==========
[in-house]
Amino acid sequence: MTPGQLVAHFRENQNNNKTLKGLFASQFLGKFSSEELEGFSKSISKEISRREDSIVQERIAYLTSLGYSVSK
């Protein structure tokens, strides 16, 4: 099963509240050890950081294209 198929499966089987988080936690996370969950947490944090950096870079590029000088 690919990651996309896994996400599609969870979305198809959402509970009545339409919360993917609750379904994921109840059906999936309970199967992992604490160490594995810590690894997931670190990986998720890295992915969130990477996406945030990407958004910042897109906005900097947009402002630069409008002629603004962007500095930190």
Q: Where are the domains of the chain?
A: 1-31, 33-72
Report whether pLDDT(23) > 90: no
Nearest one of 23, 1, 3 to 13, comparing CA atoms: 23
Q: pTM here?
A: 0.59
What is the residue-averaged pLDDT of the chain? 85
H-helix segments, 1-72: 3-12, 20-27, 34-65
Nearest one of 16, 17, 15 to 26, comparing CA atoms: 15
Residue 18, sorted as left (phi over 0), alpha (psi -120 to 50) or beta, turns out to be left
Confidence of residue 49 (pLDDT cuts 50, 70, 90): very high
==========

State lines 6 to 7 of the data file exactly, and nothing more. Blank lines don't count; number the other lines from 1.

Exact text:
Report whether pLDDT(23) > 90: no
Nearest one of 23, 1, 3 to 13, comparing CA atoms: 23